EPMEPM: Leadership

How To Win Friends And Influence People: The Real Estate Edition

Dale Carnegie’s Seminal Work How to Win Friends and Influence People sits on the bedside table of many an agent. Named one of Time’s 100 most influential books, it has sold over 30 million copies and has lessons for all of us in the industry.

How to Win Friends and Influence People has undoubtedly helped plenty of real estate professionals improve their communications and relationship skills. Building upon Carnegie’s evergreen self-help classic, today we present How to Win Friends and Influence People: The Real Estate Edition – helping agents break down the barriers between the public and property professionals.

It’s no big secret that estate agents aren’t number one on the popularity list when it comes to public perception. And whilst many of the public’s accusations are unfair – that agents are all dishonest, that they artificially push up the price of properties and so on – the onus is on all of us as an industry to be professional, avoiding unconsciously falling into negative stereotypes.

Let’s talk presentation first. The most prevalent stereotype of an agent is that of a smarmy, schmick individual, jetting around the suburbs in an ostentatious vehicle. Think very carefully about the way you present to the public as first impressions do matter.

Is your attire that of a trustworthy person who respects the gravity of their role, or is it more like partywear for a cocktail event? Fellas, leave the ultra-slim suits, thin ties, gelled hair and pointy tappers for Saturday night. Ladies, put aside the bodycon dress, heels that make you totter and Kim Kardashian-worthy contouring for fun times with your girl squad. And whatever you do – don’t leave your sunnies on your head (or worse, on your eyes) when you’re conducting OFIs. Your professional capabilities and skills should shine – not your fashion gaffs or immaturity.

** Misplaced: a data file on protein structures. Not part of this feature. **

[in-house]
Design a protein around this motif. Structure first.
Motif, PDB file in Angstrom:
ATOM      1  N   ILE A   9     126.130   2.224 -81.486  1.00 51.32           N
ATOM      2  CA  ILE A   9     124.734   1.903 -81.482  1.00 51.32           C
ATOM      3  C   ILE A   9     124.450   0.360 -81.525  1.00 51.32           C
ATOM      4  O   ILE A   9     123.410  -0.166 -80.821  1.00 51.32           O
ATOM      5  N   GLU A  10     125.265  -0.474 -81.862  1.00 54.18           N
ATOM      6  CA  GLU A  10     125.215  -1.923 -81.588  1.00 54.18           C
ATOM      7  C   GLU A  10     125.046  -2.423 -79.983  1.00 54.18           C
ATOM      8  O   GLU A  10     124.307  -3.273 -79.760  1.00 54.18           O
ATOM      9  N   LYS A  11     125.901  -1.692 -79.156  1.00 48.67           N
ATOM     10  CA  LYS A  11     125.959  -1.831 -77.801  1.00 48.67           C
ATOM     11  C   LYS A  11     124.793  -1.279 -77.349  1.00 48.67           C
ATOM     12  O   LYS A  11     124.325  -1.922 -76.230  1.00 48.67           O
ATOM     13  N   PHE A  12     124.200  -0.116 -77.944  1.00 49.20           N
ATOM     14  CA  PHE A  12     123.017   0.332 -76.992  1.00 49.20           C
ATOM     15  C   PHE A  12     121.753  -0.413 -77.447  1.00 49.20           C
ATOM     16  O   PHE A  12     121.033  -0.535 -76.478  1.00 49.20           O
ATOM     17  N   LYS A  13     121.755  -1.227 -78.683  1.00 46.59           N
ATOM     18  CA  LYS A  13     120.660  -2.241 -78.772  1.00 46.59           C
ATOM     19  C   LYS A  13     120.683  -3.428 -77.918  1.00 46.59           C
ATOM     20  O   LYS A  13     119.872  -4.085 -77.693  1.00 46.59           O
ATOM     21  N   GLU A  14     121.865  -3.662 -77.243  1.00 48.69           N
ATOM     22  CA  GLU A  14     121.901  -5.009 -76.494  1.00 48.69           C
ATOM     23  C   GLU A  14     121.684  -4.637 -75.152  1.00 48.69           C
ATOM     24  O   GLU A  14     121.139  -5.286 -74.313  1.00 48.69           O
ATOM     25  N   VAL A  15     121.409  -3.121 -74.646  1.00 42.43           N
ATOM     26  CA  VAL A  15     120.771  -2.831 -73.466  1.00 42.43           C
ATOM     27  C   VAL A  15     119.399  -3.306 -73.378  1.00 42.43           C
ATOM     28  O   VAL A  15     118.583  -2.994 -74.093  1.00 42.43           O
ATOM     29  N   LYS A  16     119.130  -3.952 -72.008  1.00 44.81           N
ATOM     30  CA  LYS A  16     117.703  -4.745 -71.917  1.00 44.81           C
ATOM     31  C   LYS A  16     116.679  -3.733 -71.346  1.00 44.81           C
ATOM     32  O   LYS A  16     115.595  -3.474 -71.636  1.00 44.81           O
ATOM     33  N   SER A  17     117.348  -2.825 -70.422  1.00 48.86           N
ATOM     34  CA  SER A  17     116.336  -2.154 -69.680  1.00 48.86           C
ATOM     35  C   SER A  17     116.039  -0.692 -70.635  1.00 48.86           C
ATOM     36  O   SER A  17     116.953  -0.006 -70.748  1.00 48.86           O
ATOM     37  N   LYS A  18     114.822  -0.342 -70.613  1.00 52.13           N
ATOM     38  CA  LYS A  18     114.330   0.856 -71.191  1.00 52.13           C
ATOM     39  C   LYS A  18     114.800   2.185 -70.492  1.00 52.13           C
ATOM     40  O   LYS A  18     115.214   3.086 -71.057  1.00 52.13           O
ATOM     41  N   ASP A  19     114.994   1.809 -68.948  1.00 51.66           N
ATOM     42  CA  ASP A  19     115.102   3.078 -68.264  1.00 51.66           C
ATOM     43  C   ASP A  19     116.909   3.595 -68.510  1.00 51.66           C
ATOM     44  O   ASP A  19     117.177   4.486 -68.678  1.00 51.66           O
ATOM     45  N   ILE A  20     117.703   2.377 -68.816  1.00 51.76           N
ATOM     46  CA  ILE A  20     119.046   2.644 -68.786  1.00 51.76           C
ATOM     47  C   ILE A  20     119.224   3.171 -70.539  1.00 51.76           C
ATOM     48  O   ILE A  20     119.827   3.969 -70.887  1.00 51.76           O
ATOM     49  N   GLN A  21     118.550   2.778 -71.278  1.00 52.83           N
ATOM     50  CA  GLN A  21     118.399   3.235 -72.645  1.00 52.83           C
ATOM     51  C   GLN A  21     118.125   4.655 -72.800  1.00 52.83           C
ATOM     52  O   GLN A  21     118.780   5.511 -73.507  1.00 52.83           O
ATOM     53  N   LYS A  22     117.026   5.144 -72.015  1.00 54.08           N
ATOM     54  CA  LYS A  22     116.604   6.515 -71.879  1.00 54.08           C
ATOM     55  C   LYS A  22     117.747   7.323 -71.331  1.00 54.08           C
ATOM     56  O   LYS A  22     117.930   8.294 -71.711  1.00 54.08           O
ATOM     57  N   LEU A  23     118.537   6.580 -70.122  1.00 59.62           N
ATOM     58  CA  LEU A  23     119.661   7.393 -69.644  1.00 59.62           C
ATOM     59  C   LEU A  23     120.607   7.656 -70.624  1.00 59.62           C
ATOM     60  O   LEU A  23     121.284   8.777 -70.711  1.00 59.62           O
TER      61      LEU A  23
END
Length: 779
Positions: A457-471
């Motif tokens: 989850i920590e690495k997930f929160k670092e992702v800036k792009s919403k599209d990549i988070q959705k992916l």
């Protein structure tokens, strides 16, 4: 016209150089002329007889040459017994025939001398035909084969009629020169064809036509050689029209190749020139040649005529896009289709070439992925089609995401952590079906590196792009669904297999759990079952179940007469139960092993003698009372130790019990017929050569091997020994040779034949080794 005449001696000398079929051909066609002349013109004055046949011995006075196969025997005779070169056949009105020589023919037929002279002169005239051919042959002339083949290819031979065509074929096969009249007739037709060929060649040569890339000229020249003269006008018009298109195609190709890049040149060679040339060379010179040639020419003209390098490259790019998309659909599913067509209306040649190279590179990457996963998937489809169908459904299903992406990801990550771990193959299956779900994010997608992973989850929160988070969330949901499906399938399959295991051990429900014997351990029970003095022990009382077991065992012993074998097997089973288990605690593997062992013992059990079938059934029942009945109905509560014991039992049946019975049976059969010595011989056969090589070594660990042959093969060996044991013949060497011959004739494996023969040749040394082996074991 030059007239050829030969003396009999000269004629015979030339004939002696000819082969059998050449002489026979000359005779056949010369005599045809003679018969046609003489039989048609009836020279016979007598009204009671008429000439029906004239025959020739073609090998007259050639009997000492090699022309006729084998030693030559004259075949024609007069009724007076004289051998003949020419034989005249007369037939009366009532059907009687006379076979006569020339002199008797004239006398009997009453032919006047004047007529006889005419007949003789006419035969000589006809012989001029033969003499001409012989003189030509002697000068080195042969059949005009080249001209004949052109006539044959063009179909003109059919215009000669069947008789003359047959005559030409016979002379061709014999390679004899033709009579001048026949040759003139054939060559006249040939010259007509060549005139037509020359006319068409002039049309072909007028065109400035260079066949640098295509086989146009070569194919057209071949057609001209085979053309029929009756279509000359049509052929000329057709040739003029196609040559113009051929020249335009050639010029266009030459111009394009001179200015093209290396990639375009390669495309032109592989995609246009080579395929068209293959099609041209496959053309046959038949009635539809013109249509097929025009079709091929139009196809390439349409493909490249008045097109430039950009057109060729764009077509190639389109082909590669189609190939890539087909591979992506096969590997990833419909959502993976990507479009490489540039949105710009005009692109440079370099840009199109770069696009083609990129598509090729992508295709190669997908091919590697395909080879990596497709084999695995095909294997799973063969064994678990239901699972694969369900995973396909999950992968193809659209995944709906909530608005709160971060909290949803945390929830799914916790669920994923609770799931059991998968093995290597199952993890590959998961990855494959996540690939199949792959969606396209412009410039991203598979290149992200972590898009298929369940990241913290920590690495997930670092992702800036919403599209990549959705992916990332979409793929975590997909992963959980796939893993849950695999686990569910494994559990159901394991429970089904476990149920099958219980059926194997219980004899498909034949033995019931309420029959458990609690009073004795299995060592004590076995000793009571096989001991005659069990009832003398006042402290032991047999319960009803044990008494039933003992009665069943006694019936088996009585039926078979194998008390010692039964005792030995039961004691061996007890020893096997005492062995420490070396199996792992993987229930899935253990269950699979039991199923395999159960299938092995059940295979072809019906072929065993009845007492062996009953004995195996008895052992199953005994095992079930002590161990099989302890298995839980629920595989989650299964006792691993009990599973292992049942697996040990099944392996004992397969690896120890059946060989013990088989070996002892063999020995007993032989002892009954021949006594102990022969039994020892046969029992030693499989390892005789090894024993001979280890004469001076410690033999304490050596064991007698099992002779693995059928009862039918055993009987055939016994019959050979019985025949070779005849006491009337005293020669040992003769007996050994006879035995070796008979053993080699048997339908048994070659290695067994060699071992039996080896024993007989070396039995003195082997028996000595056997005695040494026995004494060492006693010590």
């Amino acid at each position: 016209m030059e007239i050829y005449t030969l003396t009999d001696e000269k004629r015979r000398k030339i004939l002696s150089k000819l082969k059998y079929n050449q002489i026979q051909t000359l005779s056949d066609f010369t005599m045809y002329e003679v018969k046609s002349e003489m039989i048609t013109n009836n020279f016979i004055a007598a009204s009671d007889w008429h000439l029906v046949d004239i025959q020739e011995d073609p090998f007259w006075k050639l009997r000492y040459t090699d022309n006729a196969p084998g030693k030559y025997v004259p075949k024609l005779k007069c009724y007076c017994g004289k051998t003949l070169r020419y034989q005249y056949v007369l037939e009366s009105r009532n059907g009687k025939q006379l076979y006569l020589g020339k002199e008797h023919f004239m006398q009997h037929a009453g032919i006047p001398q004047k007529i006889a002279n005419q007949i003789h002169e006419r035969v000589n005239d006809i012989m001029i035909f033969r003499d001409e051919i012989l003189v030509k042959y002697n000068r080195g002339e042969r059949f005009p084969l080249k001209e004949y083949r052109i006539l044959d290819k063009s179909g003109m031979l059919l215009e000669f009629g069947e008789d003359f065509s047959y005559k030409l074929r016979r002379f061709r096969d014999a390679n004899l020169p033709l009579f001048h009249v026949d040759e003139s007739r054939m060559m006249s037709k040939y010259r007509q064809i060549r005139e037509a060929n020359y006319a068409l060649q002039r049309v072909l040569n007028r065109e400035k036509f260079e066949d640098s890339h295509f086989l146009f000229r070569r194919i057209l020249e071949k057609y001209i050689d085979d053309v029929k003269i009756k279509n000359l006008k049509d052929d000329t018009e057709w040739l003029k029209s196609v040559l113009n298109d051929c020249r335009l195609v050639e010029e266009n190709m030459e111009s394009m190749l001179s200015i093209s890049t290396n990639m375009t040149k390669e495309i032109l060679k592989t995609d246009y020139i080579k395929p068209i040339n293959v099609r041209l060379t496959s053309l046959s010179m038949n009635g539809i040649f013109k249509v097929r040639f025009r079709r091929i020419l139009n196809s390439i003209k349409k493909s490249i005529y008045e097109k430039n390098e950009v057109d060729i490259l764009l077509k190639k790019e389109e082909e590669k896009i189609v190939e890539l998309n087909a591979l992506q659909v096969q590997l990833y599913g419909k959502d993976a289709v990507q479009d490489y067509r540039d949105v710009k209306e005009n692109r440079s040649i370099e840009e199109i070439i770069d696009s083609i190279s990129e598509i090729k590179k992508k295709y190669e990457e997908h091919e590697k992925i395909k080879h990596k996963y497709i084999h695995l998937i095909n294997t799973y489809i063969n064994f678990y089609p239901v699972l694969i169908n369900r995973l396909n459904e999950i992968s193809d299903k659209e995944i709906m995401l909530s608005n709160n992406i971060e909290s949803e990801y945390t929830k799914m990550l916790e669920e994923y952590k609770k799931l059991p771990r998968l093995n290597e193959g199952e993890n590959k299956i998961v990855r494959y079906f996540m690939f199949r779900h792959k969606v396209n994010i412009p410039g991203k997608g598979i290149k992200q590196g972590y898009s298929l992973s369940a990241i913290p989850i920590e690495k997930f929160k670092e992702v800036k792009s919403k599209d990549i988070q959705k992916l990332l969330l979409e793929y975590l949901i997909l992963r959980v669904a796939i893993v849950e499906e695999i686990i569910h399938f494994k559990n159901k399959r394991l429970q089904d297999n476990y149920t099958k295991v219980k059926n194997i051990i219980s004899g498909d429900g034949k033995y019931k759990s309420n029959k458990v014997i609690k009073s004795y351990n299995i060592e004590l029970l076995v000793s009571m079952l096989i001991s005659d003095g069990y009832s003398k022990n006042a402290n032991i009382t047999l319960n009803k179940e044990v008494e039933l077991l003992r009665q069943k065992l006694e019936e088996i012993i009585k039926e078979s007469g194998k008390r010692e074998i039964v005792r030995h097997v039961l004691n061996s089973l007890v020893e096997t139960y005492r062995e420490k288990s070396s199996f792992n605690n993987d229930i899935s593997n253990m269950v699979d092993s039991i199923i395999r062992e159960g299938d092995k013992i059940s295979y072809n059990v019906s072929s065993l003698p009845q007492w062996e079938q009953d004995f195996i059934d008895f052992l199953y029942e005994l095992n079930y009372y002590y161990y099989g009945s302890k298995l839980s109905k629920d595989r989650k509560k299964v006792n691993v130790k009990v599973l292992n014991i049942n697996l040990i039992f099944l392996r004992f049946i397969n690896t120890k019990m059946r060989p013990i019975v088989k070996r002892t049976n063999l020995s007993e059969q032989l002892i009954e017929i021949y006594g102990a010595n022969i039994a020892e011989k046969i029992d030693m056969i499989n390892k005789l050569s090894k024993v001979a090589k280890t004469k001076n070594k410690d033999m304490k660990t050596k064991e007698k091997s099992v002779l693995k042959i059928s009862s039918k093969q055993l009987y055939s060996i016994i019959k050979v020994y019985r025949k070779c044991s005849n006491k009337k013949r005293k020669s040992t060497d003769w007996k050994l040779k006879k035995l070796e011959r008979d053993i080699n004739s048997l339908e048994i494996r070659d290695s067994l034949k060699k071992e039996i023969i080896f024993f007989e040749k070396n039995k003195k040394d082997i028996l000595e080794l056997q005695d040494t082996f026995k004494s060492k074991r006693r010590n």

Nearly everyone dislikes being cold-called or door-knocked. Let’s face it: it’s pretty invasive. And it’s even more offensive to be asked by a perfect stranger, apropos of nothing, if you’d like them to sell your home. For most people, this is a deeply personal question and an invasion of their privacy.

The reality is, property professionals need to prospect and we ultimately need to ask that question. We don’t, however, need to keep employing dinosaur-era prospecting techniques that the public revile. Rather than ringing at inopportune moments, think about the timing of your prospecting calls and their content. Forget a scattergun approach to this important process; instead call during business hours and have something meaningful to share.

Service is what we can offer our clients to win their business – building loyalty, earning their trust through genuine assistance. Don’t ask them off the cuff if they want to sell their home. Rather, offer them information that is relevant to their own investment. Diarise to follow your prospects up in a suitable timeframe and, if you’ve had a good conversation, send them a thank-you card to remind them of your existence. And not the branded cheapies, either! Be memorable in every good way – including your stationery and handwritten notes.

Good vendor or landlord relationships mirror the complexity of any long-term friendship. There are always ups and downs – but for friends to go the distance, they occasionally need to speak frankly to one another. Honesty is the best policy, even if it’s painful to deliver bad news.

Too often, agents avoid telling vendors and landlords unvarnished market feedback in a timely fashion. And it’s not because they’re dishonest – it’s because they want to avoid hurting their client or causing ill feeling. Unfortunately, avoiding your client’s short-term disappointment or anger at bad news results in Taylor Swift levels of Bad Blood. It also means that transactions take longer, affecting the bottom line for all parties involved. Real talk is the best policy with your clients, always.

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Natalie Hastings

Natalie Hastings is the Managing Director of Hastings + Co. For more information, visit hastingsandco.com.au.